In this post, I would like to post a couple of items on the belief within rabbinic Judaism that certain commands in the Torah could be nullified, or simply not applied. A commenter asked me about this topic yesterday (see here), and I found a few items, one of them when I was looking for information, and one of them when I was not.
1. In a footnote on page 126 of Divorce and Remarriage in the Bible: The Social and Literary Context (William B. Eerdmans, 2002), David Instone-Brewer says the following about the death penalty in ancient Judaism, including the death penalty for adultery:
“According to the Talmud, the death penalty was abolished soon after 30 C.E. (‘forty years before the destruction of the Temple,’ b. [Sh]abb. 15a; b. Sanh. 41a; b. ‘Abod. Zar. 8a). Capital punishment was still administered outside the legal system, by the mob (e.g., John 8) or by zealous individuals (e.g., m. Sanh. 9.6). Sometimes the death penalty may have been carried out with semi-official authority, such as the beating to death of a priest who brought uncleanness into the Temple (m. Sanh. 9.6). Most of this is undatable, and the reference to ’40 years before the destruction of the Temple’ may be figurative because several other events are dated to this time (b. Yoma 39a; cf. b. Ro[sh]. Ha[sh]. 31b). However, it is significant that there is no record of official death penalties, and rabbinic literature argues strongly against the use of the death penalty (b. Nid. 44b-45a; m. Yebam. 1.13), presumably to cover up the inability to carry it out. Some rabbinic rulings would make no sense if the death penalty were carried out for adultery: e.g., the rule that the unfaithful wife cannot marry her lover (M. Sota 5.1) and that if such a marriage took place, they had to divorce (m. Yebam. 2.8). There is one recorded death penalty for adultery (m. Sanh. 7.2, an old saying passed on by Eliezer b. Zadok, ca. 80-120 C.E.), but the woman was burned (instead of strangled as the law demanded), and thus this was probably a mob killing. Josephus’s casual assertion that the penalty for adultery was death is probably an antiquarian note rather than a record of experience (Ag. Ap. 2.25). See the discussions in Epstein, Sex Laws and Customs in Judaism, pp. 201-2, 210-11; Abrahams, Studies in Pharisaism and the Gospels, p. 73.”
See here for further discussion of whether first century Jews in Palestine were allowed to execute people. I particularly found a couple of things in this discussion (the one I just linked to) to be interesting. First, there was a quotation of page 153 of Paton J. Gloag’s A Critical and Exegetical Commentary on the Acts of the Apostles (Edinburgh: T&T Clark, 1870—-see here to get the book on archive.org): “In one important matter, however, the authority of the Sanhedrim was abridged: the Romans deprived it of the power of life and death. They might pronounce sentence of death, but the sanction of the Roman governor had to be obtained before that sentence could be carried into execution. According to the Talmud, the Sanhedrim was deprived of the power of inflicting capital punishment forty years before the destruction of Jerusalem; whereas formerly it alone of all the Jewish courts possessed this power (Joseph. Ant. xiv. 9. 3). Hence the remark of the Jewish rulers to Pilate: ‘It is not lawful for us to put any man to death’ (John 18:31). The stoning of Stephen is not an exception to this; for that happened during a popular tumult, and when, in all probability, there was a vacancy in the Roman procuratorship, after Pilate had been sent to Rome. A similar instance occurred after afterwards, when James the Just was put to death by the high priest Ananus during the absence of the Roman governor: for Josephus expressly informs us that this was an illegal assumption of power, and for which Ananus was deposed from the high-priesthood (Ant. xx. 9. 1).”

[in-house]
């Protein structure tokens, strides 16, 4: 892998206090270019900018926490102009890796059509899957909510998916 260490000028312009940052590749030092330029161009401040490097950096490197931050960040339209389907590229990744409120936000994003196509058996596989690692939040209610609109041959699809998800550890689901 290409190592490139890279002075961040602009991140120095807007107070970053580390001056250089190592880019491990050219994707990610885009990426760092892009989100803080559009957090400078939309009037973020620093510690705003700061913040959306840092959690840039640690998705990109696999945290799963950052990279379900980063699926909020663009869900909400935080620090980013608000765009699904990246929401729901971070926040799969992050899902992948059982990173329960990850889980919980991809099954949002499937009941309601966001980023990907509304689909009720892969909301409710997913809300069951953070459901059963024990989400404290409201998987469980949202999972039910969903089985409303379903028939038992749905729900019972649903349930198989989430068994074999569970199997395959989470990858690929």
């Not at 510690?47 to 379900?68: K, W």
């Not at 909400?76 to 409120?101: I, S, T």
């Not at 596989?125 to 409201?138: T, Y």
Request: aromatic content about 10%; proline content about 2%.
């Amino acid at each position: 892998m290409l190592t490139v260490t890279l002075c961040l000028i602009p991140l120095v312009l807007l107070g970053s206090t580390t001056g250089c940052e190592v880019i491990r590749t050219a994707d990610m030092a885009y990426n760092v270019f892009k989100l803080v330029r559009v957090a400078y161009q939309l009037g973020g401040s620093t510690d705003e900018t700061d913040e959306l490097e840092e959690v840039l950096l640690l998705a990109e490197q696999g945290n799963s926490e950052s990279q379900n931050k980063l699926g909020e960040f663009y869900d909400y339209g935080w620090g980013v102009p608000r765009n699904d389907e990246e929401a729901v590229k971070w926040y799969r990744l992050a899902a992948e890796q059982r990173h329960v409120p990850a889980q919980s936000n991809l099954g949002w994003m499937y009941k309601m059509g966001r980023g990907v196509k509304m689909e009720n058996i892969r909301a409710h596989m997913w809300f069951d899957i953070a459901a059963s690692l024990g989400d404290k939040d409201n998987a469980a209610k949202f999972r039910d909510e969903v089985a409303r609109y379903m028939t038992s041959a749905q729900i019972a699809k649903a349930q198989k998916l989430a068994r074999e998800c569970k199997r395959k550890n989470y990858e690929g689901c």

Second, another commenter in that discussion said that Herod had the authority to execute. We see that in Acts 12. Herod Antipas also had John the Baptist killed (Mark 6; Matthew 14). The commenter also refers to Luke 23, in which Pilate sends Jesus to Herod because Jesus was a Galilean and thus was part of Herod Antipas’ jurisdiction. The commenter may be implying that Herod Antipas had the authority to execute Jesus but found nothing wrong with Jesus, and thus sent Jesus back to Pilate. As I talk about here, Herod Antipas may have had authority to execute, whereas the Jews in Judea did not, because Herod Antipas was over a client state, where the Roman authority was more indirect. Judea, by contrast, was under the direct authority of Rome.